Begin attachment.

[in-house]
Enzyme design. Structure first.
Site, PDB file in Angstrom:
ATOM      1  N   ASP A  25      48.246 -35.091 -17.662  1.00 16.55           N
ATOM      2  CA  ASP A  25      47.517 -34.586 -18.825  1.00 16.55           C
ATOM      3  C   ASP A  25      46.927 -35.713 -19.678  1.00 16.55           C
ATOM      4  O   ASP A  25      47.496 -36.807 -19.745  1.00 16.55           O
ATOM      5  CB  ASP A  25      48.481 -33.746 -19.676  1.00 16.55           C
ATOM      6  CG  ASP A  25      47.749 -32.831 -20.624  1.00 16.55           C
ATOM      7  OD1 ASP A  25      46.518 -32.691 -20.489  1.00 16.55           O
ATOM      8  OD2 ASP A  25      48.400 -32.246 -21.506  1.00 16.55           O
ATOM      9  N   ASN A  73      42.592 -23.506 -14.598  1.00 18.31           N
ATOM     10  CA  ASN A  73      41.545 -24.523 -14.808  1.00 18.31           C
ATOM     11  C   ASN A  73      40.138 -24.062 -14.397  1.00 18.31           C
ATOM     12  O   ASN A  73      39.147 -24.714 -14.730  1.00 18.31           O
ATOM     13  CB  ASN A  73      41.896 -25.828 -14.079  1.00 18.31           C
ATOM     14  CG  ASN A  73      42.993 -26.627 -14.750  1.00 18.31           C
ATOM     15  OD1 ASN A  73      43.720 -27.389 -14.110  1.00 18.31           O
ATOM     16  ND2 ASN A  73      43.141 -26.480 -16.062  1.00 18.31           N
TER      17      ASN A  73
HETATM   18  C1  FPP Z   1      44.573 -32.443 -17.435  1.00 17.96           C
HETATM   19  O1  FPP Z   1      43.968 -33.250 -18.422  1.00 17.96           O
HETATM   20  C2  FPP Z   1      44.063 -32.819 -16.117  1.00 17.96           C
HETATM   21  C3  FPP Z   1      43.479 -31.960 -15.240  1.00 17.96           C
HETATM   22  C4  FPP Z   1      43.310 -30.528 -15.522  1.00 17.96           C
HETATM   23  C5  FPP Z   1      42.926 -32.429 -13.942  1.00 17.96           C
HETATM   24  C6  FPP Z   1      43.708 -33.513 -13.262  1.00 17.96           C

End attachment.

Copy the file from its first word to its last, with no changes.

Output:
[in-house]
Enzyme design. Structure first.
Site, PDB file in Angstrom:
ATOM      1  N   ASP A  25      48.246 -35.091 -17.662  1.00 16.55           N
ATOM      2  CA  ASP A  25      47.517 -34.586 -18.825  1.00 16.55           C
ATOM      3  C   ASP A  25      46.927 -35.713 -19.678  1.00 16.55           C
ATOM      4  O   ASP A  25      47.496 -36.807 -19.745  1.00 16.55           O
ATOM      5  CB  ASP A  25      48.481 -33.746 -19.676  1.00 16.55           C
ATOM      6  CG  ASP A  25      47.749 -32.831 -20.624  1.00 16.55           C
ATOM      7  OD1 ASP A  25      46.518 -32.691 -20.489  1.00 16.55           O
ATOM      8  OD2 ASP A  25      48.400 -32.246 -21.506  1.00 16.55           O
ATOM      9  N   ASN A  73      42.592 -23.506 -14.598  1.00 18.31           N
ATOM     10  CA  ASN A  73      41.545 -24.523 -14.808  1.00 18.31           C
ATOM     11  C   ASN A  73      40.138 -24.062 -14.397  1.00 18.31           C
ATOM     12  O   ASN A  73      39.147 -24.714 -14.730  1.00 18.31           O
ATOM     13  CB  ASN A  73      41.896 -25.828 -14.079  1.00 18.31           C
ATOM     14  CG  ASN A  73      42.993 -26.627 -14.750  1.00 18.31           C
ATOM     15  OD1 ASN A  73      43.720 -27.389 -14.110  1.00 18.31           O
ATOM     16  ND2 ASN A  73      43.141 -26.480 -16.062  1.00 18.31           N
TER      17      ASN A  73
HETATM   18  C1  FPP Z   1      44.573 -32.443 -17.435  1.00 17.96           C
HETATM   19  O1  FPP Z   1      43.968 -33.250 -18.422  1.00 17.96           O
HETATM   20  C2  FPP Z   1      44.063 -32.819 -16.117  1.00 17.96           C
HETATM   21  C3  FPP Z   1      43.479 -31.960 -15.240  1.00 17.96           C
HETATM   22  C4  FPP Z   1      43.310 -30.528 -15.522  1.00 17.96           C
HETATM   23  C5  FPP Z   1      42.926 -32.429 -13.942  1.00 17.96           C
HETATM   24  C6  FPP Z   1      43.708 -33.513 -13.262  1.00 17.96           C